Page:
Other than that, this waterproof backpack has no flaws.

As a bonus, it also comes with a 3-year warranty and is really easy to clean. To clean it, just spray it with a mixture of dish soap and water. Then, rinse it with fresh water, thoroughly wipe the inside dry, and apply zipper lubricant.

All things considered, the Yeti Panga 28L Backpack isn’t flawless, but it’s the best fishing backpack that money can get. It is rather expensive though, so it’s a long-term investment meant only for serious fishermen.

  • Capacity: 4 x 3700 Utility Trays (Not included)
  • Weight: 3.1 pounds
  • Waterproof/Water-Resistant: Waterproof
  • Holders: Rod

Next up, the Fishpond Thunderhead Submersible Backpack has the largest capacity I’ve ever seen. It’s also waterproof, durable, and comfortable.

Like the Yeti Panga, this waterproof backpack has got 28 litres of working space. The difference lies in its dimensions. With a longer side length, it has enough room for one more 3700 utility tray.

Another thing that both waterproof fishing backpacks have in common is TPU coating. As you’d expect from the Fishpond Thunderhead Submersible Backpack, it’s submersible – Duh.

Finally, this backpack is extremely comfortable. This is thanks to the many straps and back panel designed for comfort. The lightweight foam shoulder strap is easy on your shoulder. Meanwhile, the hip and waist belt help spread the load through your body. The molded back panel enables circulation to help prevent heat from being trapped behind your back. This translates to a more cooling fishing journey, especially in the summer. The waist belt is also adjustable and can be removed in case you ever feel that you don’t need it.

Now let’s talk about the downsides. Once again, like the Yeti Panga, this fishing backpack is lacking in compartments. It’s also less durable, although it does have a self-healing TRU zipper that beats the Yeti Panga’s. What’s more, the Fishpond Thunderhead isn’t as stif. And it has a molded back panel, putting it above the Yeti Panga in terms of comfort.

Another thing to note about this waterproof backpack is that its rod holder can hold two rods. Environmentalists will also be glad to hear that this backpack is made of recycled commercial fishing nets.

Sharp-eyed readers will have realised that the Yeti Panga and this backpack have the same price. As such, if you value durability, get the Yeti Panga. Otherwise, if comfort and size are more important to you, then you should get the Fishpond Thunderhead Submersible Backpack.

  • Capacity: 4 x 3600 Utility Trays (Included)
  • Weight: 4.3 pounds
  • Waterproof/Water-Resistant: Water-Resistant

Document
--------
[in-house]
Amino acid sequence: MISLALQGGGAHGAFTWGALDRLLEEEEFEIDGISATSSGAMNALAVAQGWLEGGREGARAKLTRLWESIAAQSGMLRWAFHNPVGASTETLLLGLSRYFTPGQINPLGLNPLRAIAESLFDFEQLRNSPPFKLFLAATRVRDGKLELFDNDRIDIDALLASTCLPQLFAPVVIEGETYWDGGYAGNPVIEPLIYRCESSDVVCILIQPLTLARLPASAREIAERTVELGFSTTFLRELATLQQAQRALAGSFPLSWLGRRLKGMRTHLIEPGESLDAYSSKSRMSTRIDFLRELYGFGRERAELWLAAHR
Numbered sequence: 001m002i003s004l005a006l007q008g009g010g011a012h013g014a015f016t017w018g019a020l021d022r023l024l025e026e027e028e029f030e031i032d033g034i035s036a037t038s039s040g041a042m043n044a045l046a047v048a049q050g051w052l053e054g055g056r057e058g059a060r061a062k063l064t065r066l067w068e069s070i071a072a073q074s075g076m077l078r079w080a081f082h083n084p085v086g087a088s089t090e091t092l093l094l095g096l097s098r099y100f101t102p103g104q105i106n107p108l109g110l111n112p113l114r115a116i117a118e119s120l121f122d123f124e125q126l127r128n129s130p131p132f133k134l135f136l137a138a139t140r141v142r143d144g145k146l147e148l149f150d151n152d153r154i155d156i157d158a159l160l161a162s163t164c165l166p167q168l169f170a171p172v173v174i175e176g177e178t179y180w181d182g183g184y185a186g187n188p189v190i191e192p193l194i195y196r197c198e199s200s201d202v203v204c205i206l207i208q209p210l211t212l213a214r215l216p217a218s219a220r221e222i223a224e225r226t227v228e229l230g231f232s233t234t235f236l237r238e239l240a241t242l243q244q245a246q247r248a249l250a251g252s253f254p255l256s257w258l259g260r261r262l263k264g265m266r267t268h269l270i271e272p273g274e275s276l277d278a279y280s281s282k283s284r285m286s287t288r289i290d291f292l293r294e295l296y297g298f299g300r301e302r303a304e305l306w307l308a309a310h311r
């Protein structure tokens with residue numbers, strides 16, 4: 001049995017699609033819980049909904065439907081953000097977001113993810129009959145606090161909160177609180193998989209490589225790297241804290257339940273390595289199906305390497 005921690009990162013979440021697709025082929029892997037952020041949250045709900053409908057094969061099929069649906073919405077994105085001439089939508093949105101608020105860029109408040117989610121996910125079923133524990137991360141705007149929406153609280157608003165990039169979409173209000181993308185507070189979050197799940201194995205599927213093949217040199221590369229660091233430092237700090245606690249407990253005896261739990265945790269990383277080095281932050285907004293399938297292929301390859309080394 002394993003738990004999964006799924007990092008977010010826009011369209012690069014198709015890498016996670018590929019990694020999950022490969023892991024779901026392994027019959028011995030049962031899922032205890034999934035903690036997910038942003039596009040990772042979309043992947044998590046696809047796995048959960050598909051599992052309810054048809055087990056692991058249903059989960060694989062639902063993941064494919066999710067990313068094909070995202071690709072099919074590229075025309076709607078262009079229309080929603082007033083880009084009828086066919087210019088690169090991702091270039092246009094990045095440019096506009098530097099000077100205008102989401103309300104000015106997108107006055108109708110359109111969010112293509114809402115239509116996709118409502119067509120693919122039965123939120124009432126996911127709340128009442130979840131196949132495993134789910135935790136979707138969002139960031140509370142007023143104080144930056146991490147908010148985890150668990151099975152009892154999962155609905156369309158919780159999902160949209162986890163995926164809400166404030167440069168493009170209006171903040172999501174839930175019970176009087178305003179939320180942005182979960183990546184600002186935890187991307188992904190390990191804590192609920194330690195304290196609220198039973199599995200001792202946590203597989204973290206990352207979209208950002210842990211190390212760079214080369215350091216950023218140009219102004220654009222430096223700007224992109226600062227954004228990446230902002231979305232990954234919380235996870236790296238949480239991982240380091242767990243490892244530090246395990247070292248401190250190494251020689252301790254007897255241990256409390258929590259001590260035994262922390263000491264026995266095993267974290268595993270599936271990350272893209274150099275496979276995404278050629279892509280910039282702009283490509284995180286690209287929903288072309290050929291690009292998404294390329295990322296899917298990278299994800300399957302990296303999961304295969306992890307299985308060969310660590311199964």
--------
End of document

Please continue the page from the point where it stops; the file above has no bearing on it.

• Holders: Pliers, Sunglasses

The previous two backpacks were amazing, but this fishing backpack has the one thing they don’t – an integrated LED light system. The Nomad Lighted Backpack is the only backpack I ever take on my night fishing trips. Here’s why.

Fishing backpacks with integrated LED light systems are few and far between. It’s even rarer to find one that has a large capacity, is rugged, and is comfortable to carry. Nonetheless, this backpack has it all.

Starting with the integrated LED light system, this feature allows you to see the entire backpack’s contents at night clearly. In fact, you’ll be able to see them as clearly as if it were day. This makes finding your tackle a breeze, which equates to a much more enjoyable fishing trip.

Next, this backpack is large enough to fit 4 3600 tackle boxes. I don’t know about you, but I’ve never needed more room for my tackle than 4 3600 trays can provide.

As for durability, there isn’t much information on why this tackle bag is so long-lasting. But this is my fifth year using it and it’s still holding up fine. I’d definitely put this backpack up there in durability.

Then, to seal the deal, this backpack is equipped with large adjustable padded shoulder straps and a chest strap. These ensure this backpack is easy to wear.

The only con I have with this backpack is that the side pockets are smaller than expected. The side pockets are shaped like an inverted triangle, broad at the top, but narrow at the bottom. This limits the number of lures I can put in them.

Aside from that minor con, this is the dream backpack for fishing at night. And in the event that it starts raining, it even has a protective rain cover that can be quickly deployed. 

Needless to say, for night anglers, this is the fishing backpack I’d recommend.